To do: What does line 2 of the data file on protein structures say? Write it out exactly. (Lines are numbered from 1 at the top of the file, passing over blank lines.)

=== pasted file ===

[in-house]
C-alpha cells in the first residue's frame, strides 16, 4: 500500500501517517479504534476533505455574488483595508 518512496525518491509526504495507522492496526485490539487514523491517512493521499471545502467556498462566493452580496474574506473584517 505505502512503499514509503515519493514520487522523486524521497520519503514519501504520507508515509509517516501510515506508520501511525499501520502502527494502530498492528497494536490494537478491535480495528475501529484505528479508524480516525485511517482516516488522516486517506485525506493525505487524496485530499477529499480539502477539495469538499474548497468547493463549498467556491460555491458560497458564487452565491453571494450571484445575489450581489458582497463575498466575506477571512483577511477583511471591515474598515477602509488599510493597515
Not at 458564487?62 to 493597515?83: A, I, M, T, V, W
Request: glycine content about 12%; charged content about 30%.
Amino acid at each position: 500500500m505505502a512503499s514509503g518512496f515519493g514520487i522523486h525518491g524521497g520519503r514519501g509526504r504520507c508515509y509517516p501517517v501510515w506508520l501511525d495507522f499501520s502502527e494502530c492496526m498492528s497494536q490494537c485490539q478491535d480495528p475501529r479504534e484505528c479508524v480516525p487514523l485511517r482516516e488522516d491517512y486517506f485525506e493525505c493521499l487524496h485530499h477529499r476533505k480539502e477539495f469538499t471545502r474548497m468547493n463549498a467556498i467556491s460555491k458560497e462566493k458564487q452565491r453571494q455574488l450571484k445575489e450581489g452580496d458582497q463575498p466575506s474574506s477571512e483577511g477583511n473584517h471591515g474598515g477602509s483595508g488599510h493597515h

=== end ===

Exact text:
C-alpha cells in the first residue's frame, strides 16, 4: 500500500501517517479504534476533505455574488483595508 518512496525518491509526504495507522492496526485490539487514523491517512493521499471545502467556498462566493452580496474574506473584517 505505502512503499514509503515519493514520487522523486524521497520519503514519501504520507508515509509517516501510515506508520501511525499501520502502527494502530498492528497494536490494537478491535480495528475501529484505528479508524480516525485511517482516516488522516486517506485525506493525505487524496485530499477529499480539502477539495469538499474548497468547493463549498467556491460555491458560497458564487452565491453571494450571484445575489450581489458582497463575498466575506477571512483577511477583511471591515474598515477602509488599510493597515